This place is situated on the Tennessee River about 6 miles farther north than the town of London but our pickets go down the river as far as that place. Burnside's Headquarters were on the hill back of our camp til yesterday when he took the cars and went on to Knoxville. The Tennessee River is just over the other side of the hill and the rebel pickets are on the other side of the river. There is details out of our Brigade that go over there every day to get cattle & etc. We do not draw any salt meat here all fresh. We get 1 loaf of bread a day about as large as a good size biscuit, a spoonfull of sugar a day and about a spoonfull and a half of coffee and a little piece of fresh meat.

Night before last we were called out into line of battle and stopped there about an hour. The rain poured down in torrents and we were pretty well drenched through before we got into our tents and we had to lay on our arms all night.

The report here is that Meade and Lee have had a fight and Lee has got a good whipping. We don't get much news down here. lt takes a good while to get the mail through. After I get done writing I am agoing to go out and see if I can find some good fat hogs some where if I can get a pass from the Major. There is a plenty of them the other side of the river and I don't want Johnny Reb. to get them all. I have got a letter to write to Henry Monk at camp Dennison and one for Morse of this company. I have all of his letters to write and read for him as he can not write.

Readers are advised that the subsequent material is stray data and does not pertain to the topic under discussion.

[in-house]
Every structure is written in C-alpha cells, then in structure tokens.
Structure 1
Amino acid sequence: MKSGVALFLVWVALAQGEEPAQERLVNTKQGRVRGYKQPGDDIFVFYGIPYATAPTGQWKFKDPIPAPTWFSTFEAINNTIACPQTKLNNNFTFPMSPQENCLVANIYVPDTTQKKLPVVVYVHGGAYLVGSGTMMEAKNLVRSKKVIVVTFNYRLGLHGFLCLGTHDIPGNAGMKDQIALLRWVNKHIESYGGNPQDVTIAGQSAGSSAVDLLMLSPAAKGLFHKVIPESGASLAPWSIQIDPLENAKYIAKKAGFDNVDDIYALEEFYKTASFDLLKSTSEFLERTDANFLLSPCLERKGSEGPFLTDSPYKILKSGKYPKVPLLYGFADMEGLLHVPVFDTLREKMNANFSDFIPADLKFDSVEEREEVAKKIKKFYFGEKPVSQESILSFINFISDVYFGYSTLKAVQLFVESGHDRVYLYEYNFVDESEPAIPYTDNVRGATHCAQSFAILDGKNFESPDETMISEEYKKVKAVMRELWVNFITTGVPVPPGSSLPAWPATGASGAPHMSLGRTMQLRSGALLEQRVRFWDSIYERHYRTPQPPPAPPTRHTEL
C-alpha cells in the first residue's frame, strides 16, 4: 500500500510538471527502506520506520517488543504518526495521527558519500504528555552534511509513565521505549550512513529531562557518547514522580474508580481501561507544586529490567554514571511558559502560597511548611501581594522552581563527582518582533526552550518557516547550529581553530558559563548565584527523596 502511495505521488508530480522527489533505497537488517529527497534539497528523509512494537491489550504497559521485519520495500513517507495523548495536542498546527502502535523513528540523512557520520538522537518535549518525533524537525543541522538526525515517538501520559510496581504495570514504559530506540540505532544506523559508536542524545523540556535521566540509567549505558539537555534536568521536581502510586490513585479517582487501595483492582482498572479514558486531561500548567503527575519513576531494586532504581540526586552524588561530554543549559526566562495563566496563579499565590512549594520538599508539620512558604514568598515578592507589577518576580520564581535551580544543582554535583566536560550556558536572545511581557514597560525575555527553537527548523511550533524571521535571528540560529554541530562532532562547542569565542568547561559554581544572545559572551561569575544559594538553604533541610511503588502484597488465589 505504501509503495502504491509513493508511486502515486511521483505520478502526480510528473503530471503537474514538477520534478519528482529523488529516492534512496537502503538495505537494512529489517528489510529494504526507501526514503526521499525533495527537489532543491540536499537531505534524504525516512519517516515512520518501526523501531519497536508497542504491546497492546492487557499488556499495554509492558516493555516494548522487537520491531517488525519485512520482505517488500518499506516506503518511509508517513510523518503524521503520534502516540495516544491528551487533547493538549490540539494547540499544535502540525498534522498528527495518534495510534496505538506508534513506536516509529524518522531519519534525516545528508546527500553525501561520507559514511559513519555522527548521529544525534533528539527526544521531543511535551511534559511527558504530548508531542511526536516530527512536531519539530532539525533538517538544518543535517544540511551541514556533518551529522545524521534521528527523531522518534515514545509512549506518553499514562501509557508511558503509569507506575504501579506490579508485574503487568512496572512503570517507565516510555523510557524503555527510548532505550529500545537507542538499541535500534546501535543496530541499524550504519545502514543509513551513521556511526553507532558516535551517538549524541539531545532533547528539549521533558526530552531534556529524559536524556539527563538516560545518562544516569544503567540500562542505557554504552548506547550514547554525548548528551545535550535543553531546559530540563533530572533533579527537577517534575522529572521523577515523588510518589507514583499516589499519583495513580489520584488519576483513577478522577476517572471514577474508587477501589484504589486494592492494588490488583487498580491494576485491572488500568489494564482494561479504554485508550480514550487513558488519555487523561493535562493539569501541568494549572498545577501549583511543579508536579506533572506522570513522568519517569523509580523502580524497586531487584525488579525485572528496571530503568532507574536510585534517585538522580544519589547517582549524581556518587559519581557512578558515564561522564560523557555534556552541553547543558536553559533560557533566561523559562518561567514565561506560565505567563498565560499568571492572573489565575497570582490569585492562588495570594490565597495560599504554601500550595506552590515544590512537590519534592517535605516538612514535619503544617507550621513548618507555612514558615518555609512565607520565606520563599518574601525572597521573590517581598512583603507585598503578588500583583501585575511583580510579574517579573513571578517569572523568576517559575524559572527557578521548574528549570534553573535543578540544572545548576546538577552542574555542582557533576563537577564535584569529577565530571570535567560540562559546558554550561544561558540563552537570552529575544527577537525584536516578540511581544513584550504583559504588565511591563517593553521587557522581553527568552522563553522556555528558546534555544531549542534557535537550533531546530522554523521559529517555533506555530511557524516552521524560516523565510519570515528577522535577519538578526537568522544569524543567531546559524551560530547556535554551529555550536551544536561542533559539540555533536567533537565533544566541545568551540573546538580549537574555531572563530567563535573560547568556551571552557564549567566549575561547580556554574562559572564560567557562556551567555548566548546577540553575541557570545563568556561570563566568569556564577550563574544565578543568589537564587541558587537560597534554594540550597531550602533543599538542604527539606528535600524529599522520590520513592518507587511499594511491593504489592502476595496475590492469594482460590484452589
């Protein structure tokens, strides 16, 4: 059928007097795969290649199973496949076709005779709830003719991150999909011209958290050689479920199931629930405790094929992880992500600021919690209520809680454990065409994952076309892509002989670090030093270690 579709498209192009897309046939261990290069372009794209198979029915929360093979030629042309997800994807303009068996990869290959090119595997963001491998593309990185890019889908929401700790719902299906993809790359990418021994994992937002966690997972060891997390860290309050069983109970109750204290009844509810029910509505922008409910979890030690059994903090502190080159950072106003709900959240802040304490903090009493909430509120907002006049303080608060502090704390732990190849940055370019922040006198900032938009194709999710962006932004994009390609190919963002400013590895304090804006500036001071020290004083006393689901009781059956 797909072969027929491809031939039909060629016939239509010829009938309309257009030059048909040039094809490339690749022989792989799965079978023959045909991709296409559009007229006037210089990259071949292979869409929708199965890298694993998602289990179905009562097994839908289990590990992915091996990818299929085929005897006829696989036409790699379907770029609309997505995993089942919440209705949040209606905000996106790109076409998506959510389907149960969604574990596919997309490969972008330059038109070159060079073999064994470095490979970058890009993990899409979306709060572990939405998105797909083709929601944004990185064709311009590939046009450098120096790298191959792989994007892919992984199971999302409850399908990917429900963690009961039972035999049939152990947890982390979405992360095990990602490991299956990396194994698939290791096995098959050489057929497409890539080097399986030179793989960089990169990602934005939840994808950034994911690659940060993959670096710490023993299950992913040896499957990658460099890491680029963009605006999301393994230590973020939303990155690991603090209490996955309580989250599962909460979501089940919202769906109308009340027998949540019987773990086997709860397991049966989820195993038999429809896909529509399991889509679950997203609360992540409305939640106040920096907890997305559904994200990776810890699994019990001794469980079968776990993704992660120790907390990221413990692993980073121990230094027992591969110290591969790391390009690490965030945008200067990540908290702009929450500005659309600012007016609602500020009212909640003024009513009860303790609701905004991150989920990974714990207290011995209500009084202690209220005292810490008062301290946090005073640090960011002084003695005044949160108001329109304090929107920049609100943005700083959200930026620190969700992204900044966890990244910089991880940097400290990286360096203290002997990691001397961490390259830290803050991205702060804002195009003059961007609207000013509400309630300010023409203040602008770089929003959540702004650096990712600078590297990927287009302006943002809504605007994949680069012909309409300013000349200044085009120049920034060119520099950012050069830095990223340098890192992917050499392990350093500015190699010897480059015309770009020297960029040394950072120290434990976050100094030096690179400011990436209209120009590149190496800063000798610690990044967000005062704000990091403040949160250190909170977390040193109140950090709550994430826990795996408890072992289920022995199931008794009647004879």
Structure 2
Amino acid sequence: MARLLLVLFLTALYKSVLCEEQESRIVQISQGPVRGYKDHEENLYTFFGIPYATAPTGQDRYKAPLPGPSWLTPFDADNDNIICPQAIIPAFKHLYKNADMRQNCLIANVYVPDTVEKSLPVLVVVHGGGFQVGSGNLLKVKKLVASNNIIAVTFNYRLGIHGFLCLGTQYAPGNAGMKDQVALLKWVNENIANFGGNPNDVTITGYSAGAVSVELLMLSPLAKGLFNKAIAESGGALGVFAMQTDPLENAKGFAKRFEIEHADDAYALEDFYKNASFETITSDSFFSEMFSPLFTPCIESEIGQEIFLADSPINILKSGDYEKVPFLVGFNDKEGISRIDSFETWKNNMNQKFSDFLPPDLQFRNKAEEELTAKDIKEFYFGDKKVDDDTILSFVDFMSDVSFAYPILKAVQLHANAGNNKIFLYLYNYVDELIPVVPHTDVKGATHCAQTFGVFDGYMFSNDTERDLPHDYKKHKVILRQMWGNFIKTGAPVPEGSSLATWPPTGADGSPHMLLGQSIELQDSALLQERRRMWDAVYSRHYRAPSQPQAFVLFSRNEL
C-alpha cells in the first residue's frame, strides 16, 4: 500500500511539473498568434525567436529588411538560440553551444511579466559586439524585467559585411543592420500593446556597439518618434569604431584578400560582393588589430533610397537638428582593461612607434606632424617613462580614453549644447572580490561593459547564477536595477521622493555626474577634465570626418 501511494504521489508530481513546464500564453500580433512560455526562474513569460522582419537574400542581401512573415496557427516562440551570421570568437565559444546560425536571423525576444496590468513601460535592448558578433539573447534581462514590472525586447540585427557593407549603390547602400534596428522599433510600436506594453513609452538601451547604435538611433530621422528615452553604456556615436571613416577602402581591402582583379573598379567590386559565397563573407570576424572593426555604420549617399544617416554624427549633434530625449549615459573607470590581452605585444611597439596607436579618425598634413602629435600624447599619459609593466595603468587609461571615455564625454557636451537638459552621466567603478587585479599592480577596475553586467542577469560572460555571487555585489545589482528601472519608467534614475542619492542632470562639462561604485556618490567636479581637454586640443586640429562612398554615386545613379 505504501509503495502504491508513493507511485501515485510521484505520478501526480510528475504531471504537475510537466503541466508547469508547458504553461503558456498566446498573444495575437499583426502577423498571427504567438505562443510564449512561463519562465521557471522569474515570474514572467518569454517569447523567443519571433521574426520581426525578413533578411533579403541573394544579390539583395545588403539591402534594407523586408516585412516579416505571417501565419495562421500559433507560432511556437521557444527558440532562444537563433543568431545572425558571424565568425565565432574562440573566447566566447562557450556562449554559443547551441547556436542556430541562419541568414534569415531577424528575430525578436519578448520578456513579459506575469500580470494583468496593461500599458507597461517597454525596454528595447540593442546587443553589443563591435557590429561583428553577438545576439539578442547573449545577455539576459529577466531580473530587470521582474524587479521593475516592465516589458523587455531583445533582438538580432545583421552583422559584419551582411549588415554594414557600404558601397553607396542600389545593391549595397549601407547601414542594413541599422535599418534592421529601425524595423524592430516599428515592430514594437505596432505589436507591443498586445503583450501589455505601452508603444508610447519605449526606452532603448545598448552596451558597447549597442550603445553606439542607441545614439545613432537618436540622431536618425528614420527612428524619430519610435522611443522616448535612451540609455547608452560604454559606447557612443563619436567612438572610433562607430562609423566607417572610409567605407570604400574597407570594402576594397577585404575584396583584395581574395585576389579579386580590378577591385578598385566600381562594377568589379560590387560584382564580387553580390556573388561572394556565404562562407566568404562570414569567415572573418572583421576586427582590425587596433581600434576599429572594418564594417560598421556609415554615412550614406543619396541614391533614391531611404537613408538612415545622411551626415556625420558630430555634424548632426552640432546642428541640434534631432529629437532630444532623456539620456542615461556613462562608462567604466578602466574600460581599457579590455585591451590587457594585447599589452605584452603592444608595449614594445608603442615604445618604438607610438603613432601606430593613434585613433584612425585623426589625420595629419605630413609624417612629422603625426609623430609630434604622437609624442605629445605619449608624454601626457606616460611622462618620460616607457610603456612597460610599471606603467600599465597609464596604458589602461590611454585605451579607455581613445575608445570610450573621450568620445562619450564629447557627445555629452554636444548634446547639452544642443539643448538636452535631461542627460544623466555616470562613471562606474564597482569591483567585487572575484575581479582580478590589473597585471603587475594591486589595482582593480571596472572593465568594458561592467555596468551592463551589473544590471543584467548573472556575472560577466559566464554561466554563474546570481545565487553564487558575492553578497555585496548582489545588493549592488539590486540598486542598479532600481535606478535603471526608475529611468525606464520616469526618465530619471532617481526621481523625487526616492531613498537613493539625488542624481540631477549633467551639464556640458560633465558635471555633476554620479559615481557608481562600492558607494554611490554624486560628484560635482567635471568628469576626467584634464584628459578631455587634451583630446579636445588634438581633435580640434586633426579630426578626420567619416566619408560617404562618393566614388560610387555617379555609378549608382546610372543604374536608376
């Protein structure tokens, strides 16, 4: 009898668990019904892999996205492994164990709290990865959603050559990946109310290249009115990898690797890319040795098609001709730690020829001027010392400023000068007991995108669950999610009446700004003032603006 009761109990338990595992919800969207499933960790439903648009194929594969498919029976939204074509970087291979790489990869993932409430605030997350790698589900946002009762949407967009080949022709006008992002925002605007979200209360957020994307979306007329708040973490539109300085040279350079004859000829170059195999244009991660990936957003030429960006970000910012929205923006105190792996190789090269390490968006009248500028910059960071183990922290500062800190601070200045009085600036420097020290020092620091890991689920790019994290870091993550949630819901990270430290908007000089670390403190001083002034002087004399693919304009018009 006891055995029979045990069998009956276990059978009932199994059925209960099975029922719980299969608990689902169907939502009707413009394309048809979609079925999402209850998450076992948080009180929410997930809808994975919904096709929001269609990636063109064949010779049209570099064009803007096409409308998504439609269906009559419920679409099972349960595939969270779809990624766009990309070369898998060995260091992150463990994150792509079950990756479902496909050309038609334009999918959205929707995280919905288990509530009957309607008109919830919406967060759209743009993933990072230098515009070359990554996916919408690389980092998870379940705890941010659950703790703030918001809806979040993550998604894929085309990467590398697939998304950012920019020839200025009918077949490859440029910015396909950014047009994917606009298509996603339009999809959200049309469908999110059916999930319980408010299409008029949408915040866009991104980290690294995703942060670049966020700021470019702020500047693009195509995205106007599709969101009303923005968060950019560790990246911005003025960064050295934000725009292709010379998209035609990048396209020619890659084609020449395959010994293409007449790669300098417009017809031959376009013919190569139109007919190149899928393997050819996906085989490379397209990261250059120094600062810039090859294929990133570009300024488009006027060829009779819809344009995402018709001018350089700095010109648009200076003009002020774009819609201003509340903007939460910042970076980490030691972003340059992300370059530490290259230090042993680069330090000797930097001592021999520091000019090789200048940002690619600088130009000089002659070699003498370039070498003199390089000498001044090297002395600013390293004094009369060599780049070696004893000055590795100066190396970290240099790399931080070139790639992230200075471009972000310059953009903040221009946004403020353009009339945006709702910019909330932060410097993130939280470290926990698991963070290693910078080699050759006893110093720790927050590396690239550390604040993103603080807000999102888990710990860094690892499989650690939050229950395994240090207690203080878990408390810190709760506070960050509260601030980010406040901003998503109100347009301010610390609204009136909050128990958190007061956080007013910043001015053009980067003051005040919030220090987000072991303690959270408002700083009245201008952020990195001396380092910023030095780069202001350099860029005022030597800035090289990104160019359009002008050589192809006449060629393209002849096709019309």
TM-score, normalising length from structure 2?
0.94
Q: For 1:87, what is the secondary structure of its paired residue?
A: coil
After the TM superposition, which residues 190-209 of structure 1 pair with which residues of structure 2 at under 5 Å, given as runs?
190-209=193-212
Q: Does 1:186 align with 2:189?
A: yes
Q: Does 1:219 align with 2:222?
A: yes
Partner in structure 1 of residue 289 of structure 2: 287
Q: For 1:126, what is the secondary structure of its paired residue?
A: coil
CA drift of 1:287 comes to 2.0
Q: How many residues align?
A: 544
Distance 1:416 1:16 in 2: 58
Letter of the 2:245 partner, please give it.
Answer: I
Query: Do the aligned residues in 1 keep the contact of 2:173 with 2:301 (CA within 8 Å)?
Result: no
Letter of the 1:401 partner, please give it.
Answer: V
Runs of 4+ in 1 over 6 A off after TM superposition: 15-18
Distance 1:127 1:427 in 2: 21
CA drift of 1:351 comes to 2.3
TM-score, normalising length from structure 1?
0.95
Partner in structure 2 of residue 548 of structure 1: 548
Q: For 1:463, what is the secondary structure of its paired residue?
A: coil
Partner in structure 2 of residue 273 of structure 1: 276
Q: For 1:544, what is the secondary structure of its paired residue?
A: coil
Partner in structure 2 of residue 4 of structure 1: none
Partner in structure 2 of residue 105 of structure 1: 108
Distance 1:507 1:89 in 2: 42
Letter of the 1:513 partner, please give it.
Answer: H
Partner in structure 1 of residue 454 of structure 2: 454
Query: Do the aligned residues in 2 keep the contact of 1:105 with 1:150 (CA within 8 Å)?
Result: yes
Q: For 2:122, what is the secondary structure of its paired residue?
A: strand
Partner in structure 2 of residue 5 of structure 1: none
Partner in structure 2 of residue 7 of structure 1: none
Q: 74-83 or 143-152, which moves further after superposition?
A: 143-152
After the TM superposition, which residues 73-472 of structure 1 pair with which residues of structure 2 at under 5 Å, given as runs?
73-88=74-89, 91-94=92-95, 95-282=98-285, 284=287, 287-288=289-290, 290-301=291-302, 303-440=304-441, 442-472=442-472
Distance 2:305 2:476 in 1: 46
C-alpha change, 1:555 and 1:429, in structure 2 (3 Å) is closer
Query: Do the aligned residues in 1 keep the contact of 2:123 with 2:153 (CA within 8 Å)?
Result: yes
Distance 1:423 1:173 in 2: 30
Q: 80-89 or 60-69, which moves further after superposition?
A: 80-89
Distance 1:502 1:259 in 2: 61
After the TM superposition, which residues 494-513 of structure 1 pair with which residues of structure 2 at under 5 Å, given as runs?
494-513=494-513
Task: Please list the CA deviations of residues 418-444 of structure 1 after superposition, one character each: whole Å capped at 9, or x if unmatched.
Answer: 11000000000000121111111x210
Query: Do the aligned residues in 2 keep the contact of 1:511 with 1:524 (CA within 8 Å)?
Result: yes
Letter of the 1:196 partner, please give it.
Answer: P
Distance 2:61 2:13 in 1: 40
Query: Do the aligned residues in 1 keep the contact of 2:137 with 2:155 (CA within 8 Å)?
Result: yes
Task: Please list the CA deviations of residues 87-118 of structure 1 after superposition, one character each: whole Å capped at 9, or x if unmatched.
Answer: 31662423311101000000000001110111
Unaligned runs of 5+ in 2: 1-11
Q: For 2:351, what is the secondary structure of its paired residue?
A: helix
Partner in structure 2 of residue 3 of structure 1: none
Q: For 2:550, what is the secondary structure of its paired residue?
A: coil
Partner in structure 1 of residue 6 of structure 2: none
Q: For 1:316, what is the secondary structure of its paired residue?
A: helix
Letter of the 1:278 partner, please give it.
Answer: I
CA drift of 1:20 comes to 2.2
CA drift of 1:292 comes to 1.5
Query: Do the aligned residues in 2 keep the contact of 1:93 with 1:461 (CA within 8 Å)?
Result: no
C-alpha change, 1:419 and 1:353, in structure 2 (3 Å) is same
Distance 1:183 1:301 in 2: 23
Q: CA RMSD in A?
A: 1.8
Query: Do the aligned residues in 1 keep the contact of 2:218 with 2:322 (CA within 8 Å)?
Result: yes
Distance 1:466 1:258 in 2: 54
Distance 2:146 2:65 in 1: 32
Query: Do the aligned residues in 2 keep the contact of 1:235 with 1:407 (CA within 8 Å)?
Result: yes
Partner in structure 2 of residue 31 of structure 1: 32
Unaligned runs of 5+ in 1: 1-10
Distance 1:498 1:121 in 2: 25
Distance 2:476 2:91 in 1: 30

It takes about a month for a letter to go home and to get an answer to it and I guess I shall get this Memorandum wrote over by that time and if you will send me another one when you get this letter I will send this one home.

Who is agoing to keep school this winter? Is George Agent? Who have they chose for Governor? I suppose they will have a new one before you get this.

The 1st Division is building winter Quarters at this place but I expect the 2nd will go Kingston & Knoxville.



Knoxville, Tenn. 

Dec 19th, 1863

Father & Mother,

I have been waiting to get a mail before I wrote again. I wrote a letter the day that the Rebels left here and I suppose you have received it before this time. We got a mail yesterday and I received 6 or 7 letters and some Courier's. I have got my mittens and they were just the fit. I have wished that I had a pair a good many times since the Rebels had us surrounded here. I have not got my memorandum or shirt yet but I guess that I have got all of the rest of the letters. I received Emma & Bett's letter before we retreated to this place. I shall answer Frank's letter soon now and should have done so before if there had been any chance to have sent it. You wrote in one of your letters a good while ago that Henry Gill had sent home his Picture and you did not see why I did not send mine. But you know that he has been spending a few months in or near the city of Cincinnati at the Hospital where he could have it done. lt just as well as not and I am away down in the woods of Tennessee where they never heard of such a thing as a picture. I will have it taken as soon as I have a chance to. I received a letter from Charles Upham a few days ago and I answered it day before yesterday.